The imagined June 5th situation of Viola builds from the very real and proven core of lethal competition for supremacy. This core of death extends to the following incidental facts (documents will be later shown).
° Cotton, Dixie's single export has doubled since World War was declared among Europeans. Cotton drives all Athenian prosperity. With the USA now a belligerent, the Athens economy will boom-boom-boom!
° Of all Athenian industrialists, The Hodgson Family is the most powerful of 1917.
° Julie McNeil-Hodgson works full-time giving her deceased father's money to worthy causes.
° Julie's cousin, Hugh Hodgson is an impassioned musician. On a 1909 European tour, he met the teenage Hermann Stein in Germany. Hugh brought Hermann back to Athens as his protégé.
° Alex Rhodes is a well-respected educator. This year Julie, and some of her friends, moved in with Alex Rhodes.
Continue our parable...
Pressed linen suits enrobe men. New morning gowns adorn women. All ripple into reserved chairs. Luminous cotton swells arrive from nowhere, lapping against the knees of Viola, Louise, and Marge.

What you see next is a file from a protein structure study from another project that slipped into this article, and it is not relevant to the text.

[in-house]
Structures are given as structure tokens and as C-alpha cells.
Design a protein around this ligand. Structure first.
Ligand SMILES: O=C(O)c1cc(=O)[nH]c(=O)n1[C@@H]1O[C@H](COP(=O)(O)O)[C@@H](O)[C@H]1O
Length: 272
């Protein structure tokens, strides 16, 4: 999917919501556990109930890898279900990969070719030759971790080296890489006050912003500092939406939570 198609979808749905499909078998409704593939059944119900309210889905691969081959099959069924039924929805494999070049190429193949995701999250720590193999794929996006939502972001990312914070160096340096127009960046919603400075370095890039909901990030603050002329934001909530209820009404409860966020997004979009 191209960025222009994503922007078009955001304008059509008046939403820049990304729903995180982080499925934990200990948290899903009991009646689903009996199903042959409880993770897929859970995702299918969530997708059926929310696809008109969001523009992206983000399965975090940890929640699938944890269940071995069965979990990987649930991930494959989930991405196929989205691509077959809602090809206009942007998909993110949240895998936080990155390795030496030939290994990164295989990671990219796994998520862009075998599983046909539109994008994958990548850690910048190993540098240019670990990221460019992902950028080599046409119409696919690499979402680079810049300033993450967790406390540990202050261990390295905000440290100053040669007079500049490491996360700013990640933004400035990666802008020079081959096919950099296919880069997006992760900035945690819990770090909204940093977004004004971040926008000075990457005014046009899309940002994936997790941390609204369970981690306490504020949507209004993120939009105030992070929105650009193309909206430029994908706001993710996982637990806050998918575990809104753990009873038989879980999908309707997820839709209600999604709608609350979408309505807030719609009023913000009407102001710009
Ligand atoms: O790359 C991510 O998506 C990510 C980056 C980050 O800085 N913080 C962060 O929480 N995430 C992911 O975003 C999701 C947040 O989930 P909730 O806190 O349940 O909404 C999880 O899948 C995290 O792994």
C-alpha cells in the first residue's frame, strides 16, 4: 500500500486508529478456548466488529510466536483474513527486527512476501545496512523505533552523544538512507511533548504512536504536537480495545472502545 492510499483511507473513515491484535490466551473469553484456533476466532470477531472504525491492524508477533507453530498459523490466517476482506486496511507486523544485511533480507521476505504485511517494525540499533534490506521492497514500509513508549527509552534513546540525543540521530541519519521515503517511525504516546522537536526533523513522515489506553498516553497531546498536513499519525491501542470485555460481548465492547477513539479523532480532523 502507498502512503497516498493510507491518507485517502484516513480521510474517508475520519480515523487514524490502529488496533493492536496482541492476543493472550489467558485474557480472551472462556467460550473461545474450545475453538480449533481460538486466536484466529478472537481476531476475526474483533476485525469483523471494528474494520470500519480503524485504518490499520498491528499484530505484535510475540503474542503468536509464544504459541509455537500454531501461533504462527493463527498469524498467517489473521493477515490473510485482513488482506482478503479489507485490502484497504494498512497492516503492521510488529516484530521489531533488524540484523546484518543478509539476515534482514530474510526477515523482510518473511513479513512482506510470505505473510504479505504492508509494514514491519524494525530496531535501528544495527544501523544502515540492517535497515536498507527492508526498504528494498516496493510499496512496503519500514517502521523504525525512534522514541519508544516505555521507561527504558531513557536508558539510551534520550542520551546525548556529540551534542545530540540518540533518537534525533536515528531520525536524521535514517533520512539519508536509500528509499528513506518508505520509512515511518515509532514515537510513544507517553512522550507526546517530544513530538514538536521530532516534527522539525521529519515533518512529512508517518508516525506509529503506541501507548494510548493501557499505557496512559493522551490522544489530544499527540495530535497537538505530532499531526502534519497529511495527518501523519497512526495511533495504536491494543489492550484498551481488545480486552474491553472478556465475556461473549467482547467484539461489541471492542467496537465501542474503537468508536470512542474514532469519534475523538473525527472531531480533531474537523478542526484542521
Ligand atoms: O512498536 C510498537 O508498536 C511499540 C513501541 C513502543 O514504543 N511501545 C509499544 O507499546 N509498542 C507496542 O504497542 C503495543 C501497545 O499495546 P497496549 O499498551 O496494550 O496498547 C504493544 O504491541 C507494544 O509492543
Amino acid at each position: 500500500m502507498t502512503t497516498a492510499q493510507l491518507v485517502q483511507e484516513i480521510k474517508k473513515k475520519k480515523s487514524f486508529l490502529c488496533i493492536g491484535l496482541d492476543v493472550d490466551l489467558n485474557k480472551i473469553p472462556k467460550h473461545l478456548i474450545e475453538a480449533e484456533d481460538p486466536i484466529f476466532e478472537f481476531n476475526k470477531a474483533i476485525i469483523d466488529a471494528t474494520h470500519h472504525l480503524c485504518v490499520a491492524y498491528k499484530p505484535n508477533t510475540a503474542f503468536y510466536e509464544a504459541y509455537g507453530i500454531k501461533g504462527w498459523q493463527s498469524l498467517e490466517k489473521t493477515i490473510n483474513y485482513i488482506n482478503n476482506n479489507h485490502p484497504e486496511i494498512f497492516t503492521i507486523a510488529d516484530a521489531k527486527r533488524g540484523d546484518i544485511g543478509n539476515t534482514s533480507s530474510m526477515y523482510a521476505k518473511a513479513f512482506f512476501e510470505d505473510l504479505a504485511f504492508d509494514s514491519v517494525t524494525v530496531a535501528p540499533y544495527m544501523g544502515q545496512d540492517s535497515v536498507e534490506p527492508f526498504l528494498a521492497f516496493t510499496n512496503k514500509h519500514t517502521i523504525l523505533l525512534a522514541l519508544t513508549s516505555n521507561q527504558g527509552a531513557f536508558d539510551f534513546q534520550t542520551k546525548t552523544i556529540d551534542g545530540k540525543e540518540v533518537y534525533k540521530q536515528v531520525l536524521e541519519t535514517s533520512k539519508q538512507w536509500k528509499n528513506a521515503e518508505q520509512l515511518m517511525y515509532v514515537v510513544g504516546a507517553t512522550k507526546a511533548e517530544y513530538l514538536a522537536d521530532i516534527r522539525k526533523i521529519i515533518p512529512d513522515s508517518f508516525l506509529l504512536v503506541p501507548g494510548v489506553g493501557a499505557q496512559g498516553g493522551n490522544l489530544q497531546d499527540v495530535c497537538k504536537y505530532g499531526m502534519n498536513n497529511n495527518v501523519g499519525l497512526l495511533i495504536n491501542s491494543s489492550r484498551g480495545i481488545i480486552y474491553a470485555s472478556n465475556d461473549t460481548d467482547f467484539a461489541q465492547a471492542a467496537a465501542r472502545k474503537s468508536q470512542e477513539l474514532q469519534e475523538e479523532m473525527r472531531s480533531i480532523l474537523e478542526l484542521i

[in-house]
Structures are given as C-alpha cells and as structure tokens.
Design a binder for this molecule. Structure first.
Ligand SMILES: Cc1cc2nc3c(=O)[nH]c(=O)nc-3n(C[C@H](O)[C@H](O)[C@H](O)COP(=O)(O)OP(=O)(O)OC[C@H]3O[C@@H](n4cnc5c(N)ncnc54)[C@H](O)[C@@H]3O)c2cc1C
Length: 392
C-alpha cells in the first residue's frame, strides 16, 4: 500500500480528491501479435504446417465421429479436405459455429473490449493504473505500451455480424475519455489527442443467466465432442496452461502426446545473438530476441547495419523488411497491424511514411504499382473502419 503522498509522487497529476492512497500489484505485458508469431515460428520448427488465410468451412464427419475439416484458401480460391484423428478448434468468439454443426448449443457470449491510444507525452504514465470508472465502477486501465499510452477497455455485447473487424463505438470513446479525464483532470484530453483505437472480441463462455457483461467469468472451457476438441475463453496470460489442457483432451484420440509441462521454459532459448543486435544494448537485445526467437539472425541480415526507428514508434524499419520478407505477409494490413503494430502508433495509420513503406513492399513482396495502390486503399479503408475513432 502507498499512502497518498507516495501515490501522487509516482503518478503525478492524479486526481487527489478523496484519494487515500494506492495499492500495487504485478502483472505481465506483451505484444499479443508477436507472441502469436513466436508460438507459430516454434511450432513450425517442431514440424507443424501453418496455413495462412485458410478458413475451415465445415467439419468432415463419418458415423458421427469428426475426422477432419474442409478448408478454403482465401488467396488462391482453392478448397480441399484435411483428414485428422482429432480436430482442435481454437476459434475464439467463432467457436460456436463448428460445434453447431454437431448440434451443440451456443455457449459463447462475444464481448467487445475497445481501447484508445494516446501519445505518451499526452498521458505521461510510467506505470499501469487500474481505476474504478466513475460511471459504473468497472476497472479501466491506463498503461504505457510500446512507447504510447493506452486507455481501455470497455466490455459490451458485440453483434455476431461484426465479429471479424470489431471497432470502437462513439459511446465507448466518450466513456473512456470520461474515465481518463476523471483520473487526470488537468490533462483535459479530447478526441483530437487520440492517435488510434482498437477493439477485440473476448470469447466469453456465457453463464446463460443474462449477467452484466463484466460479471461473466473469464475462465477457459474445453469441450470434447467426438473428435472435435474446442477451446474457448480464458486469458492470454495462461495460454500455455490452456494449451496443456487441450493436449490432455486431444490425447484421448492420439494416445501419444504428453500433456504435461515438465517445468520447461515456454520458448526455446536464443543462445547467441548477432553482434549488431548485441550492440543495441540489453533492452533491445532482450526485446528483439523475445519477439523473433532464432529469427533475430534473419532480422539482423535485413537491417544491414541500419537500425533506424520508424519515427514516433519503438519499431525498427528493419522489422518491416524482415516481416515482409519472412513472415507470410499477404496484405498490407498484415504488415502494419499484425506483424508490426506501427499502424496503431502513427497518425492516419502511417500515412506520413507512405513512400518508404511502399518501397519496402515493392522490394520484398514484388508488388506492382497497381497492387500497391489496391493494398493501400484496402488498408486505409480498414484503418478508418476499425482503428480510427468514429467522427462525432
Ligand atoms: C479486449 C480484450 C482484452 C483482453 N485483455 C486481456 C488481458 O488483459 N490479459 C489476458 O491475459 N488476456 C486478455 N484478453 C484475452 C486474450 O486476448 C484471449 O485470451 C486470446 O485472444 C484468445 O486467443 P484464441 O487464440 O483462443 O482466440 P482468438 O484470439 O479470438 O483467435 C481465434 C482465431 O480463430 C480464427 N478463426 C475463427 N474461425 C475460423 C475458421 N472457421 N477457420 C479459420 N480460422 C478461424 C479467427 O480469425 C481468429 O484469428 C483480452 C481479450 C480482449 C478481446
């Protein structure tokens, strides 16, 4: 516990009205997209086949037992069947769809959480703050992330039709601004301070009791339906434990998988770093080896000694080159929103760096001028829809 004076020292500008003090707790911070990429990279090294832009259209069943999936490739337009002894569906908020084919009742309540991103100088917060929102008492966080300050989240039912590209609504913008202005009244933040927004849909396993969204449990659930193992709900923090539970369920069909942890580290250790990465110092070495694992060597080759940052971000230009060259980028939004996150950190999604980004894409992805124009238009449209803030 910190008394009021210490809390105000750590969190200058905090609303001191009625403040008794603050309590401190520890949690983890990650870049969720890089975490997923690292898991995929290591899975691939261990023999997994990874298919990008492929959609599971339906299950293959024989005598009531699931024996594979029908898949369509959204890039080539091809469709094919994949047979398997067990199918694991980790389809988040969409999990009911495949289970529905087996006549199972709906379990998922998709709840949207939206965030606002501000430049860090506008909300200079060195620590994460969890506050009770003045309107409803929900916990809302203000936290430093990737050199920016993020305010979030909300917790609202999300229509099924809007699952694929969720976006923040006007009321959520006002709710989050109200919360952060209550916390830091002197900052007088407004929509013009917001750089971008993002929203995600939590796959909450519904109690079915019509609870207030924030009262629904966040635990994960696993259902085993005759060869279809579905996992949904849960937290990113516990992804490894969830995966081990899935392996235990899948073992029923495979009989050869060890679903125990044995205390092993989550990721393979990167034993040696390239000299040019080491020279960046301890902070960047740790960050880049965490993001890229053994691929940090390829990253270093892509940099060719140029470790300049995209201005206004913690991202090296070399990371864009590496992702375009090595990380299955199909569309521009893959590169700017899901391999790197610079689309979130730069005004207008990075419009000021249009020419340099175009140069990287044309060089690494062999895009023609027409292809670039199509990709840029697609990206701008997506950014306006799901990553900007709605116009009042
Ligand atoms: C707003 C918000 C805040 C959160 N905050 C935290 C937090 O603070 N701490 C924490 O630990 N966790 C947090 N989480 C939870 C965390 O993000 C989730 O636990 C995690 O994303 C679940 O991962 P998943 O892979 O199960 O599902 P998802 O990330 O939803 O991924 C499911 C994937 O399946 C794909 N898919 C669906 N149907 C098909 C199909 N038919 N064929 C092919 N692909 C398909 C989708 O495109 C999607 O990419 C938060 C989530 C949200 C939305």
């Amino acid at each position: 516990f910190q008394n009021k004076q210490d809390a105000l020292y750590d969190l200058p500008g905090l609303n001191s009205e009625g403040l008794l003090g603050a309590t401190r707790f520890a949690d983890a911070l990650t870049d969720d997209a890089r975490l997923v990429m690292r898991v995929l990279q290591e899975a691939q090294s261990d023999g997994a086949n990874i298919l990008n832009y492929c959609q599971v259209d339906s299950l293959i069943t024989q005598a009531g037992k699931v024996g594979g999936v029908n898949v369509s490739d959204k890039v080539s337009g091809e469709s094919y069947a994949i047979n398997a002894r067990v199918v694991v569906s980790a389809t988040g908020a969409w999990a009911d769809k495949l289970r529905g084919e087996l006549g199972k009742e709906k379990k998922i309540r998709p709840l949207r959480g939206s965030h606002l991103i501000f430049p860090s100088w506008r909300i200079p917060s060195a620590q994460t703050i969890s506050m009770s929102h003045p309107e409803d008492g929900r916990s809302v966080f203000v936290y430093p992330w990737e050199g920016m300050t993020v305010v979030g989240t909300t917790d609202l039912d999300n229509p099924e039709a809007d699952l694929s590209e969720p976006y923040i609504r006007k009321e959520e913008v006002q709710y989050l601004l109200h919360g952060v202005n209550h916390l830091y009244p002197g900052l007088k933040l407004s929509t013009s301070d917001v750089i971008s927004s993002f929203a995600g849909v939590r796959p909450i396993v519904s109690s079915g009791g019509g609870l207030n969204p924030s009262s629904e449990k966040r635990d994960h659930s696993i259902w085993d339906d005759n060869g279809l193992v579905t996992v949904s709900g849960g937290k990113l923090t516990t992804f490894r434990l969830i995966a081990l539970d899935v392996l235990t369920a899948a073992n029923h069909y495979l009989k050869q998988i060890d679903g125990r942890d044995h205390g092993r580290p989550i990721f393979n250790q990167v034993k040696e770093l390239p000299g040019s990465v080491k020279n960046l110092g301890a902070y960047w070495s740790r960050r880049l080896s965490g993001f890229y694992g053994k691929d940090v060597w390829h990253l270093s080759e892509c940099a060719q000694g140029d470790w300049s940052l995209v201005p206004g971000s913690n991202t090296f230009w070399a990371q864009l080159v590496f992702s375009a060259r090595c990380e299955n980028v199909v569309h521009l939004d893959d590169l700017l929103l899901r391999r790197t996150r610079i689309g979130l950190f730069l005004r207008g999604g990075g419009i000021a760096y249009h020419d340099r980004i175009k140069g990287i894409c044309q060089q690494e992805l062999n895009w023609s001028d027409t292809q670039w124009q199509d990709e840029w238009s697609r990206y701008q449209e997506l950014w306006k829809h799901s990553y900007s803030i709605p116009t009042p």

Our three peek up from their pond of invisible teardrops.
Before them, within billowing white, someone's kind mother speaks. Behind her, ample pale teal fabric and gold straw brims dazzle off the figures of two men.
"Hello ladies. I'm Julie McNeil-Hodgson. How are you all?"
The three women stop nibbling. Swirling remorse makes silence.
"Would you like to be my invitees? Might we all watch the speeches together?"
Sudden despair surges on Marge. She weeps. "My beau is lost."